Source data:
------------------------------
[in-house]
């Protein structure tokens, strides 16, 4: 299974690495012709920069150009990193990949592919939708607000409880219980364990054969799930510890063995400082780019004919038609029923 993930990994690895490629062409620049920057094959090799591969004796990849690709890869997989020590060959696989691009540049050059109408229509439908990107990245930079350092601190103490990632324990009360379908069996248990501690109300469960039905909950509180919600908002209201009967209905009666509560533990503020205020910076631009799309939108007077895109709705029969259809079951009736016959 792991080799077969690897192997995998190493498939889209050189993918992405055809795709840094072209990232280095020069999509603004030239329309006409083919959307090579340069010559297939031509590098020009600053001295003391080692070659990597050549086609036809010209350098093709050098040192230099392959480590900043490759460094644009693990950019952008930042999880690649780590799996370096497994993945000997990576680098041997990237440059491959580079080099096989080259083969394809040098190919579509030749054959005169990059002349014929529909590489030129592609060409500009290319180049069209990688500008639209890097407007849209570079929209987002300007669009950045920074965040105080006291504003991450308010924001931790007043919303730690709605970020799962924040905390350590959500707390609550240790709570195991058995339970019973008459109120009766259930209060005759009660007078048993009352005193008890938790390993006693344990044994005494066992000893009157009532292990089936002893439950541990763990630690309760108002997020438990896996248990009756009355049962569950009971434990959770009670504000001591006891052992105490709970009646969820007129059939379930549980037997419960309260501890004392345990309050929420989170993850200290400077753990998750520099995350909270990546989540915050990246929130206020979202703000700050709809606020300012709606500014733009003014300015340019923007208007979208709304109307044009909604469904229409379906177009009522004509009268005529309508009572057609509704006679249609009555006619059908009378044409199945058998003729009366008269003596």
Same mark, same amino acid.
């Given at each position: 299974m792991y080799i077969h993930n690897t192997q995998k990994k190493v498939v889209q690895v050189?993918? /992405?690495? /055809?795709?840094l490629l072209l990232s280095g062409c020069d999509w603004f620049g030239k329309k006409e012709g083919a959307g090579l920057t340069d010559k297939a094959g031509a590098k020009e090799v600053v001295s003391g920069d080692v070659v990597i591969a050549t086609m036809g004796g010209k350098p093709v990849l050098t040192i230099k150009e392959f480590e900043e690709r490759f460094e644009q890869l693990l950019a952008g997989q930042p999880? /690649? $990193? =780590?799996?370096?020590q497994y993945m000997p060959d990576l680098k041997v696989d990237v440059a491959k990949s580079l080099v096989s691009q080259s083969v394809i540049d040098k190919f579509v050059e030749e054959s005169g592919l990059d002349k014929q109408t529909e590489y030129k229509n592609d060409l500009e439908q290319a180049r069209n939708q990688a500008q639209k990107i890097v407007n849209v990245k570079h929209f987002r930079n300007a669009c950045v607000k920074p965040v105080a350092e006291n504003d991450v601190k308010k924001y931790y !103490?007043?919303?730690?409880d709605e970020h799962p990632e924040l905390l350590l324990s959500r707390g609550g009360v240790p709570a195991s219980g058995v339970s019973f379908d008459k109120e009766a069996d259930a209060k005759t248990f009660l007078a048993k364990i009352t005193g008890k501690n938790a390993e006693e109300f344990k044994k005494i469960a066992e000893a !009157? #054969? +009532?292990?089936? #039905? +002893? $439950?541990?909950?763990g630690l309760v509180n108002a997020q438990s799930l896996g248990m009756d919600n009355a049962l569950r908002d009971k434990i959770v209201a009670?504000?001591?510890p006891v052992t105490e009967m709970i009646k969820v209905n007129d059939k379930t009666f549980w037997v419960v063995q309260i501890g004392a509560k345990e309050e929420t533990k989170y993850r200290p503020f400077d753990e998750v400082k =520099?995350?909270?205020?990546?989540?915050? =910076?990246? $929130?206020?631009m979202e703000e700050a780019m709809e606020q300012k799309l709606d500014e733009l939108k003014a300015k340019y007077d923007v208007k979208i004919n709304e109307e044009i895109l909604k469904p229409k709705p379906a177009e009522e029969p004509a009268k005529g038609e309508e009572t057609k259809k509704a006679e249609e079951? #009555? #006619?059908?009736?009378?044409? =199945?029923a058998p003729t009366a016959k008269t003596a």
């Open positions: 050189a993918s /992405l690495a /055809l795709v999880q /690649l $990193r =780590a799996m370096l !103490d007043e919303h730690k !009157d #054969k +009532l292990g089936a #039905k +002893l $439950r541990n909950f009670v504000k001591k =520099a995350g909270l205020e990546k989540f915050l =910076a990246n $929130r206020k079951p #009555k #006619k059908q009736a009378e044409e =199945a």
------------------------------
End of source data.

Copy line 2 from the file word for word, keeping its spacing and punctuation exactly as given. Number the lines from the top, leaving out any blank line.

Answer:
């Protein structure tokens, strides 16, 4: 299974690495012709920069150009990193990949592919939708607000409880219980364990054969799930510890063995400082780019004919038609029923 993930990994690895490629062409620049920057094959090799591969004796990849690709890869997989020590060959696989691009540049050059109408229509439908990107990245930079350092601190103490990632324990009360379908069996248990501690109300469960039905909950509180919600908002209201009967209905009666509560533990503020205020910076631009799309939108007077895109709705029969259809079951009736016959 792991080799077969690897192997995998190493498939889209050189993918992405055809795709840094072209990232280095020069999509603004030239329309006409083919959307090579340069010559297939031509590098020009600053001295003391080692070659990597050549086609036809010209350098093709050098040192230099392959480590900043490759460094644009693990950019952008930042999880690649780590799996370096497994993945000997990576680098041997990237440059491959580079080099096989080259083969394809040098190919579509030749054959005169990059002349014929529909590489030129592609060409500009290319180049069209990688500008639209890097407007849209570079929209987002300007669009950045920074965040105080006291504003991450308010924001931790007043919303730690709605970020799962924040905390350590959500707390609550240790709570195991058995339970019973008459109120009766259930209060005759009660007078048993009352005193008890938790390993006693344990044994005494066992000893009157009532292990089936002893439950541990763990630690309760108002997020438990896996248990009756009355049962569950009971434990959770009670504000001591006891052992105490709970009646969820007129059939379930549980037997419960309260501890004392345990309050929420989170993850200290400077753990998750520099995350909270990546989540915050990246929130206020979202703000700050709809606020300012709606500014733009003014300015340019923007208007979208709304109307044009909604469904229409379906177009009522004509009268005529309508009572057609509704006679249609009555006619059908009378044409199945058998003729009366008269003596």